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What are Burger King's chances of winning the lawsuit over its marketing of the 'Impossible Whopper' as '0% beef'?

3News legal analyst Stephanie Haney breaks down the argument that the patty isn't meat-free because it's cooked on the same surface as meat on Lunch Break.

CLEVELAND — On Tuesday’s Lunch Break with Jay Crawford, Jay and 3News’ Romney Smith were joined by 3News’ legal analyst Stephanie Haney to discuss the lawsuit against Burger King for allegedly making it’s “meat-free” Impossible Whopper on surfaces where meat is cooked.

The lawsuit, which was filed in federal court in Miami on Monday, alleges the fast food chain is being deceptive by calling the Impossible Whopper “100% whopper, 0% beef” while preparing the meat-alternative on the same surfaces where meat is prepared, and is seeking for the court to put a stop to this marketing campaign.

Plaintiff Phillip Williams, who adheres to a strict vegan diet (meaning that he does not eat or drink anything that uses animal by-products), alleges he went through a Burger King drive-thru in August after learning of the sandwich option and was not notified that the sandwich would be cooked on the same surfaces where meat products are cooked on the menu or while ordering it, despite making a point to order it without mayonnaise (which is not vegan).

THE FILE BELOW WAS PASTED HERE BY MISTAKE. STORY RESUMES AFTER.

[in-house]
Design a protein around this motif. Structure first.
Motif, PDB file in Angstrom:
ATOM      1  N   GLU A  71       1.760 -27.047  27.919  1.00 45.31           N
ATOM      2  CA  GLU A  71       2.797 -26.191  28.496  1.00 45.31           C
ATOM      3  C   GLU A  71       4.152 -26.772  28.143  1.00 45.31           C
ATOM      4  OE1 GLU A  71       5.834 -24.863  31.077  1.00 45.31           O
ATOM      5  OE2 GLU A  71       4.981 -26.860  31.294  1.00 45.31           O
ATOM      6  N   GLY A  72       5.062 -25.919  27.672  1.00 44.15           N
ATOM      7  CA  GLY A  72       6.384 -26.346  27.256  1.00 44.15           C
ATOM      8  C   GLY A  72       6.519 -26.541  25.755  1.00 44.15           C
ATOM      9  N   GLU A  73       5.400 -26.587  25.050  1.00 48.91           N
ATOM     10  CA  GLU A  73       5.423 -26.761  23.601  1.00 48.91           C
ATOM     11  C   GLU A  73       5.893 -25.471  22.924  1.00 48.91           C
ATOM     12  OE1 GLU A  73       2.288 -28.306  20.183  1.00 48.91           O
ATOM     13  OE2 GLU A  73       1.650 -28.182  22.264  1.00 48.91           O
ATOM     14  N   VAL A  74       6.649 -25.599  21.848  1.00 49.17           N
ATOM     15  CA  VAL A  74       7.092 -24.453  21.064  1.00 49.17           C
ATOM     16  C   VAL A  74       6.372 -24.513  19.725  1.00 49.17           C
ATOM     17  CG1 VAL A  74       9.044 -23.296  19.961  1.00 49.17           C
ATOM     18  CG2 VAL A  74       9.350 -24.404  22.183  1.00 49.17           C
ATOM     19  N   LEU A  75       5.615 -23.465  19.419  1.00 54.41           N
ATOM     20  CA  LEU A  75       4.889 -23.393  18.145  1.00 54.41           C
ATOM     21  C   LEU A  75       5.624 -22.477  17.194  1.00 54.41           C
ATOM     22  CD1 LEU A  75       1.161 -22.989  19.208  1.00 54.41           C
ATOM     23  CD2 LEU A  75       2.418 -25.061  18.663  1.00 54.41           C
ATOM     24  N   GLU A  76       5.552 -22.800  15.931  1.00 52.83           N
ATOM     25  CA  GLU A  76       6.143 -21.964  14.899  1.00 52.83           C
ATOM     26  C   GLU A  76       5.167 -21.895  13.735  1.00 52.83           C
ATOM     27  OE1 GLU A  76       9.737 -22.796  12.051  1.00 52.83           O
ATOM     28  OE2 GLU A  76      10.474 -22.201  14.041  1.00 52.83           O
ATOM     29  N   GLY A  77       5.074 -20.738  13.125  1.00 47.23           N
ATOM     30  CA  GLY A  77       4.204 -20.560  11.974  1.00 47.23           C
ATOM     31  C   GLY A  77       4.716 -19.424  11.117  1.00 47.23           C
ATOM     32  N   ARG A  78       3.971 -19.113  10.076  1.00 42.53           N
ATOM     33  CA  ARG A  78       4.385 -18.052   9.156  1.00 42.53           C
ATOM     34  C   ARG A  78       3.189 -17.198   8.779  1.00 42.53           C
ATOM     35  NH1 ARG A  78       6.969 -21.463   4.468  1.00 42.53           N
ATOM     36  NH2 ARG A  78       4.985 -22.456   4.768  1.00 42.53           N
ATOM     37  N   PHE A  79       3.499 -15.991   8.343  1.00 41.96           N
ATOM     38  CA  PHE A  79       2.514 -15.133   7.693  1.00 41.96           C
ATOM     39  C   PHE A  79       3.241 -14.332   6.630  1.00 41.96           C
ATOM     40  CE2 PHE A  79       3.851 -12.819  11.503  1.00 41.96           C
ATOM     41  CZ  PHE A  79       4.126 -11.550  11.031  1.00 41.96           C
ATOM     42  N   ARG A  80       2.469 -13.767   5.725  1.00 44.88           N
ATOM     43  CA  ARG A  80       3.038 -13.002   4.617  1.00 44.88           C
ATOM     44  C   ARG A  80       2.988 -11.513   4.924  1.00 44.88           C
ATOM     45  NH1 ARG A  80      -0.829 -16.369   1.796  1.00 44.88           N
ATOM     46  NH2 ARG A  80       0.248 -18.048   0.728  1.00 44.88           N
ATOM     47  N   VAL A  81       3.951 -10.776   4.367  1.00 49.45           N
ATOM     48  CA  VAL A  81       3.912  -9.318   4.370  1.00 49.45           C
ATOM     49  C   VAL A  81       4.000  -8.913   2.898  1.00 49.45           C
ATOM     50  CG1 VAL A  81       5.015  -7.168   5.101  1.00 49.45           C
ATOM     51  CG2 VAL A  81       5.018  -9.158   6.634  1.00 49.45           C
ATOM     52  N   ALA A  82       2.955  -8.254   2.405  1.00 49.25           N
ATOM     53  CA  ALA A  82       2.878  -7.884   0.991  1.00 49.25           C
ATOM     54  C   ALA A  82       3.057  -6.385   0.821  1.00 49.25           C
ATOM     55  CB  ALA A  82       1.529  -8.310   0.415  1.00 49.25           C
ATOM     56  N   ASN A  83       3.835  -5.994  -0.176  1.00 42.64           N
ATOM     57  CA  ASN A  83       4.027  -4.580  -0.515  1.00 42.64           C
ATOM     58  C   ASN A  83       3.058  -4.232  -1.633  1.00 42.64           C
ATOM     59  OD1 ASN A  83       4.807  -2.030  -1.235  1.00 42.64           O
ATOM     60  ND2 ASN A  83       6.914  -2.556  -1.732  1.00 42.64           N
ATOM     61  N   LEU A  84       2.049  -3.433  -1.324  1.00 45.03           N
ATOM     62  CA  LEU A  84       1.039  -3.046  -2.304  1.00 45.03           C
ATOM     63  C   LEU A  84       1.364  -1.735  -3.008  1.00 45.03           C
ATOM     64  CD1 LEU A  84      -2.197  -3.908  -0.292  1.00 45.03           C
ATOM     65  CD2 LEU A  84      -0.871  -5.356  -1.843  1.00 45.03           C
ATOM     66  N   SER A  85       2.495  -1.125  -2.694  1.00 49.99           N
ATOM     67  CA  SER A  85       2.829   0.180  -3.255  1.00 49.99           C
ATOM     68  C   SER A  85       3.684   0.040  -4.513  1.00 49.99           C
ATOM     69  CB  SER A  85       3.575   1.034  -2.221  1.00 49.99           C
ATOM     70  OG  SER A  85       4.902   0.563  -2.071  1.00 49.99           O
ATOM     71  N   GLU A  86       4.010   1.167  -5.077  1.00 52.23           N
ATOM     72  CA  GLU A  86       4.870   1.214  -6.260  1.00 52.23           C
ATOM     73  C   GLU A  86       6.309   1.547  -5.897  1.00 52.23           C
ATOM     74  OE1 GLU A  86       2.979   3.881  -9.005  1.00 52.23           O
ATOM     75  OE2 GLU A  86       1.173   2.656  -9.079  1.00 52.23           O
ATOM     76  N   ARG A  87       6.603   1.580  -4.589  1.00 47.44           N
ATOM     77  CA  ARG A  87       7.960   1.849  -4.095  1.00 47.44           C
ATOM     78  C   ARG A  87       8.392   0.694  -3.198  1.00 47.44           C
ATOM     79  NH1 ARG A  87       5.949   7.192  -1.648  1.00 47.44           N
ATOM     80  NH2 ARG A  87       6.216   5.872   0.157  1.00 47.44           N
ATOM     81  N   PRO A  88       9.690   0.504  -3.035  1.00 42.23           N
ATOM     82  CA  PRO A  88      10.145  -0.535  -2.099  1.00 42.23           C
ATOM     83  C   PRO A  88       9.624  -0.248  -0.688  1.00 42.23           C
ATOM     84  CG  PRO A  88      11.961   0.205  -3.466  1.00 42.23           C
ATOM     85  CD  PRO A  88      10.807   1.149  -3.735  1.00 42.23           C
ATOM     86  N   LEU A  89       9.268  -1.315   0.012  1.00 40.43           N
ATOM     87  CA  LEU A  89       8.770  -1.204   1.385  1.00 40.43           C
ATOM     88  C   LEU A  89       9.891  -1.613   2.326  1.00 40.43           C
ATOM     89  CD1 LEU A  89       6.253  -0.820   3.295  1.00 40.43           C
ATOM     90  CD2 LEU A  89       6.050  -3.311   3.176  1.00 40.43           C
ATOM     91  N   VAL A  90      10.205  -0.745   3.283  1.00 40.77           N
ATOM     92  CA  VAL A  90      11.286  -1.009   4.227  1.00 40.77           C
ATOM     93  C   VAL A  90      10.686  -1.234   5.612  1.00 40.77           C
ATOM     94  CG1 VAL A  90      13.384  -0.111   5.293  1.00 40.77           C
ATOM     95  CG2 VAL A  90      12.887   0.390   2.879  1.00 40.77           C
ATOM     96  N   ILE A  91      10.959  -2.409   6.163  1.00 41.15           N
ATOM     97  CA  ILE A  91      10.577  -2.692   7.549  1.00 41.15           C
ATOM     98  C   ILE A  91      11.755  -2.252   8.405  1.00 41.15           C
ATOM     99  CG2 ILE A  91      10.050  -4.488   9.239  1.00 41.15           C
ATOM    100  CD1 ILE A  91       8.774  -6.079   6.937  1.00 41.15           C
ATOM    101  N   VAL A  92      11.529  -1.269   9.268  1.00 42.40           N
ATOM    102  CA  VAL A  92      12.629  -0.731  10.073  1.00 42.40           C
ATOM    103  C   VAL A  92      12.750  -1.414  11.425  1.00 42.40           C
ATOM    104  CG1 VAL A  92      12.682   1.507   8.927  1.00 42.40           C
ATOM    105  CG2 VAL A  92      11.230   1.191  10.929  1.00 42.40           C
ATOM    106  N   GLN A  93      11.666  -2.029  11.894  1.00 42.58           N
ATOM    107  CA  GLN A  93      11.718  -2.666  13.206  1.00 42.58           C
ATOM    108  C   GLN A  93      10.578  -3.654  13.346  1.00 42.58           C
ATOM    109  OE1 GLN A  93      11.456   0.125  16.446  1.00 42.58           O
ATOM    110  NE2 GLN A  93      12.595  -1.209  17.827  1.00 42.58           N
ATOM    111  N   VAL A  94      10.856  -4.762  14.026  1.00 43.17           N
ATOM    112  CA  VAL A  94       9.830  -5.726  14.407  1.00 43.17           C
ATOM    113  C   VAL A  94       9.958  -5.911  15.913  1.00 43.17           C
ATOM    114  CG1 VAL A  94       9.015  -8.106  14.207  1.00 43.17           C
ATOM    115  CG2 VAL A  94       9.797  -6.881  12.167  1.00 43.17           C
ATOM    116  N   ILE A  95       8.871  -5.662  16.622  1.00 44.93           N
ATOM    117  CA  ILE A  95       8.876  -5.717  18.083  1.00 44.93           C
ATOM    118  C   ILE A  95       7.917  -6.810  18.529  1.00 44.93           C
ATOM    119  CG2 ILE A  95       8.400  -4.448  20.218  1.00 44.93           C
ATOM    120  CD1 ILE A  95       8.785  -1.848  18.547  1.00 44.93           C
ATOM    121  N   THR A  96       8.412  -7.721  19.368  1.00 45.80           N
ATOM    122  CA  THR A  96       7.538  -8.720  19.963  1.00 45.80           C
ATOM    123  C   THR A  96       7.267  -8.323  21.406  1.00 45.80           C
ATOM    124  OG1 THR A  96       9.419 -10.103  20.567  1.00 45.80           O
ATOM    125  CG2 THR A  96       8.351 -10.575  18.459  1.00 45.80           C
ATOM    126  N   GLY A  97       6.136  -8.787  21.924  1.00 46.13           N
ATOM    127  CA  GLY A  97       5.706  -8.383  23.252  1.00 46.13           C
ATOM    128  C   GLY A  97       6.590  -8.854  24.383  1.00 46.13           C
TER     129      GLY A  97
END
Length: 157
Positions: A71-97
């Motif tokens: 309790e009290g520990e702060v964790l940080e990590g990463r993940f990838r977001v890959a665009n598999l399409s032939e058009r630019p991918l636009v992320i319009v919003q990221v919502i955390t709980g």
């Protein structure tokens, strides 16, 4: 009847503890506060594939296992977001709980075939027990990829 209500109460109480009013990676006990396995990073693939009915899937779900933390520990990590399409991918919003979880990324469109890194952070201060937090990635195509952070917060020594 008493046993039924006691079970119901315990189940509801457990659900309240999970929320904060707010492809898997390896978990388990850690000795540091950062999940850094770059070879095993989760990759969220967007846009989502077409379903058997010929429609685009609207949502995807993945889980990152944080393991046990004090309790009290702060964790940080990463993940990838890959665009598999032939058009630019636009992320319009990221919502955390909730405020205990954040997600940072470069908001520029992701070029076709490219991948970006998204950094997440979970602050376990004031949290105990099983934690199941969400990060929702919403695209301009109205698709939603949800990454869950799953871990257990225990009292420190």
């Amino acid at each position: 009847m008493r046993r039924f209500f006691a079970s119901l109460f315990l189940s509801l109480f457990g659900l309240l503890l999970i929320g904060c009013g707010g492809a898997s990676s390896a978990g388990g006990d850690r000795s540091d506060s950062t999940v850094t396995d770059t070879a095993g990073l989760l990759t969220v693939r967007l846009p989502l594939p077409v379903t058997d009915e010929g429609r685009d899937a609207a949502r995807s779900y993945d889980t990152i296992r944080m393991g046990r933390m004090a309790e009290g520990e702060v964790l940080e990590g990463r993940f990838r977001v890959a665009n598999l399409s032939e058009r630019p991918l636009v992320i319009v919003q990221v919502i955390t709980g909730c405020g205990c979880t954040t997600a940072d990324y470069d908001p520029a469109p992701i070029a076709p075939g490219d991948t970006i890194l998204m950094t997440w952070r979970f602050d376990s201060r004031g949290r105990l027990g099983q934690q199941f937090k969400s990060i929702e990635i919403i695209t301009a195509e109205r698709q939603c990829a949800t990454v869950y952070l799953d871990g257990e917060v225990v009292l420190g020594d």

Williams has argued that because meat by-product allegedly coated the sandwich while it was being cooked, that calling the item “0% beef” is misleading, amounts to a breach of contract and should result in Burger King having to return any profits it has accumulated from the sale of the Impossible Whopper.

Haney, a lawyer who is licensed to practice law in both Ohio and California, made the point that under FDA regulations, it is not uncommon for things to be labeled as “free” of something when only a very small amount of that thing is present in the food. For example, an item can be labeled as “calorie free” if it contains five or less calories per serving, according to FDA regulations.

Further, on Burger King’s website, there is a notice next to an asterisk that reads: "For guests looking for a meat-free option, a non-broiler method of preparation is available upon request."

Still, Williams is arguing that this is not sufficient notice and is seeking for the marketing campaign to be discontinued, in the lawsuit which he has requested to be certified as a class action including all people who have purchased an Impossible Whopper from Burger King.

Haney reached out to Burger King seeking comment on the lawsuit, and did not immediate receive a reply. 

The company has told other outlets it does not comment on pending litigation.

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